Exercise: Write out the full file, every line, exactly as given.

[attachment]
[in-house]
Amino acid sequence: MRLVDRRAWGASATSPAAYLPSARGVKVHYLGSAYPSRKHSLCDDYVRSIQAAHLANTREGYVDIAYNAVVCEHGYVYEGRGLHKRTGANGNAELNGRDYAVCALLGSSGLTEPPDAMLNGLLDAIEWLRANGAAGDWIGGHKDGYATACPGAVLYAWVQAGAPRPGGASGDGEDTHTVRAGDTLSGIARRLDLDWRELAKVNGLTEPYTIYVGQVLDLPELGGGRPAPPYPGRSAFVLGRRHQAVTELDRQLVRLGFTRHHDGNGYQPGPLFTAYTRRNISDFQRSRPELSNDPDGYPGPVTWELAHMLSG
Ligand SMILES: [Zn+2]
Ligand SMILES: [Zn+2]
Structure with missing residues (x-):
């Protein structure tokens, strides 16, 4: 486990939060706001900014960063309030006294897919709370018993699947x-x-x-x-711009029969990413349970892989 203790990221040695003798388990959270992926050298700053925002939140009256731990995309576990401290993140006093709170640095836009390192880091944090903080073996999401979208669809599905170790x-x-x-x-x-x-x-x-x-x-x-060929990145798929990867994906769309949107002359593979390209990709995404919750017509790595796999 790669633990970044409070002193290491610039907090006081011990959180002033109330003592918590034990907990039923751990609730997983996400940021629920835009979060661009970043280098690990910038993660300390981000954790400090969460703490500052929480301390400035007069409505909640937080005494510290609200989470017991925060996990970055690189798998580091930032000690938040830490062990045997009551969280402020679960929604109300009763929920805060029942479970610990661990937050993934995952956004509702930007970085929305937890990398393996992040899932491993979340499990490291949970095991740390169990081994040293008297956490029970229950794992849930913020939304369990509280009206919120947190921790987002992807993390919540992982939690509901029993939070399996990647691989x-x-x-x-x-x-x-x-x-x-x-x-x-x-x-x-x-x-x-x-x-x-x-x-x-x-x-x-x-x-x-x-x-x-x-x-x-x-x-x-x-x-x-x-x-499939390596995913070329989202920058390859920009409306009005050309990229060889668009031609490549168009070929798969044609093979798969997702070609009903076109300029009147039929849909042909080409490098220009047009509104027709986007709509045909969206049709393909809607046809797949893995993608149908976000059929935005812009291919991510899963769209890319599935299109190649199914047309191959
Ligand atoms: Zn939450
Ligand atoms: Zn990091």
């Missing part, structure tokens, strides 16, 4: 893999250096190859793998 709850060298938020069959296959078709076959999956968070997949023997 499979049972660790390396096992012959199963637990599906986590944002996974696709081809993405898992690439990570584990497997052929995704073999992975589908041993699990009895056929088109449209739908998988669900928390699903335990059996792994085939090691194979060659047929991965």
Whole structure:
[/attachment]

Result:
[in-house]
Amino acid sequence: MRLVDRRAWGASATSPAAYLPSARGVKVHYLGSAYPSRKHSLCDDYVRSIQAAHLANTREGYVDIAYNAVVCEHGYVYEGRGLHKRTGANGNAELNGRDYAVCALLGSSGLTEPPDAMLNGLLDAIEWLRANGAAGDWIGGHKDGYATACPGAVLYAWVQAGAPRPGGASGDGEDTHTVRAGDTLSGIARRLDLDWRELAKVNGLTEPYTIYVGQVLDLPELGGGRPAPPYPGRSAFVLGRRHQAVTELDRQLVRLGFTRHHDGNGYQPGPLFTAYTRRNISDFQRSRPELSNDPDGYPGPVTWELAHMLSG
Ligand SMILES: [Zn+2]
Ligand SMILES: [Zn+2]
Structure with missing residues (x-):
């Protein structure tokens, strides 16, 4: 486990939060706001900014960063309030006294897919709370018993699947x-x-x-x-711009029969990413349970892989 203790990221040695003798388990959270992926050298700053925002939140009256731990995309576990401290993140006093709170640095836009390192880091944090903080073996999401979208669809599905170790x-x-x-x-x-x-x-x-x-x-x-060929990145798929990867994906769309949107002359593979390209990709995404919750017509790595796999 790669633990970044409070002193290491610039907090006081011990959180002033109330003592918590034990907990039923751990609730997983996400940021629920835009979060661009970043280098690990910038993660300390981000954790400090969460703490500052929480301390400035007069409505909640937080005494510290609200989470017991925060996990970055690189798998580091930032000690938040830490062990045997009551969280402020679960929604109300009763929920805060029942479970610990661990937050993934995952956004509702930007970085929305937890990398393996992040899932491993979340499990490291949970095991740390169990081994040293008297956490029970229950794992849930913020939304369990509280009206919120947190921790987002992807993390919540992982939690509901029993939070399996990647691989x-x-x-x-x-x-x-x-x-x-x-x-x-x-x-x-x-x-x-x-x-x-x-x-x-x-x-x-x-x-x-x-x-x-x-x-x-x-x-x-x-x-x-x-x-499939390596995913070329989202920058390859920009409306009005050309990229060889668009031609490549168009070929798969044609093979798969997702070609009903076109300029009147039929849909042909080409490098220009047009509104027709986007709509045909969206049709393909809607046809797949893995993608149908976000059929935005812009291919991510899963769209890319599935299109190649199914047309191959
Ligand atoms: Zn939450
Ligand atoms: Zn990091």
């Missing part, structure tokens, strides 16, 4: 893999250096190859793998 709850060298938020069959296959078709076959999956968070997949023997 499979049972660790390396096992012959199963637990599906986590944002996974696709081809993405898992690439990570584990497997052929995704073999992975589908041993699990009895056929088109449209739908998988669900928390699903335990059996792994085939090691194979060659047929991965």
Whole structure: